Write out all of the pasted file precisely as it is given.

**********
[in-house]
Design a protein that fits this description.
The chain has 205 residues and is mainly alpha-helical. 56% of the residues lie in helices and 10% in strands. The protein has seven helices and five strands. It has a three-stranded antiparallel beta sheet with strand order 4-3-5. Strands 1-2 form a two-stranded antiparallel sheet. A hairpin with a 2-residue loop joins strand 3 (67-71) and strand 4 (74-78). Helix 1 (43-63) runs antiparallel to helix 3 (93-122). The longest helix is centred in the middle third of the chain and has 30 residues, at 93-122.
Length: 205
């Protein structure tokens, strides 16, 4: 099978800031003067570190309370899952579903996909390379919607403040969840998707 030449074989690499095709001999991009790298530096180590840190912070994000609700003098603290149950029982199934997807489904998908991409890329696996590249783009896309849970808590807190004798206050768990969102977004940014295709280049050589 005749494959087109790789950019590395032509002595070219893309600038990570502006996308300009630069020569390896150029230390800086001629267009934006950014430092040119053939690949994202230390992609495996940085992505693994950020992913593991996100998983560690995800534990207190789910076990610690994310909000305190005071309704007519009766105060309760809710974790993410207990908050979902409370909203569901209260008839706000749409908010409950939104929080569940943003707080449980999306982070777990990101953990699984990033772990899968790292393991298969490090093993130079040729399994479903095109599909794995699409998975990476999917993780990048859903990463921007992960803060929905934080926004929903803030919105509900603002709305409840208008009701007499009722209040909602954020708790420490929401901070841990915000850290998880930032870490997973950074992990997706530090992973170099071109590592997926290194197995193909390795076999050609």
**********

[in-house]
Design a protein that fits this description.
The chain has 205 residues and is mainly alpha-helical. 56% of the residues lie in helices and 10% in strands. The protein has seven helices and five strands. It has a three-stranded antiparallel beta sheet with strand order 4-3-5. Strands 1-2 form a two-stranded antiparallel sheet. A hairpin with a 2-residue loop joins strand 3 (67-71) and strand 4 (74-78). Helix 1 (43-63) runs antiparallel to helix 3 (93-122). The longest helix is centred in the middle third of the chain and has 30 residues, at 93-122.
Length: 205
């Protein structure tokens, strides 16, 4: 099978800031003067570190309370899952579903996909390379919607403040969840998707 030449074989690499095709001999991009790298530096180590840190912070994000609700003098603290149950029982199934997807489904998908991409890329696996590249783009896309849970808590807190004798206050768990969102977004940014295709280049050589 005749494959087109790789950019590395032509002595070219893309600038990570502006996308300009630069020569390896150029230390800086001629267009934006950014430092040119053939690949994202230390992609495996940085992505693994950020992913593991996100998983560690995800534990207190789910076990610690994310909000305190005071309704007519009766105060309760809710974790993410207990908050979902409370909203569901209260008839706000749409908010409950939104929080569940943003707080449980999306982070777990990101953990699984990033772990899968790292393991298969490090093993130079040729399994479903095109599909794995699409998975990476999917993780990048859903990463921007992960803060929905934080926004929903803030919105509900603002709305409840208008009701007499009722209040909602954020708790420490929401901070841990915000850290998880930032870490997973950074992990997706530090992973170099071109590592997926290194197995193909390795076999050609």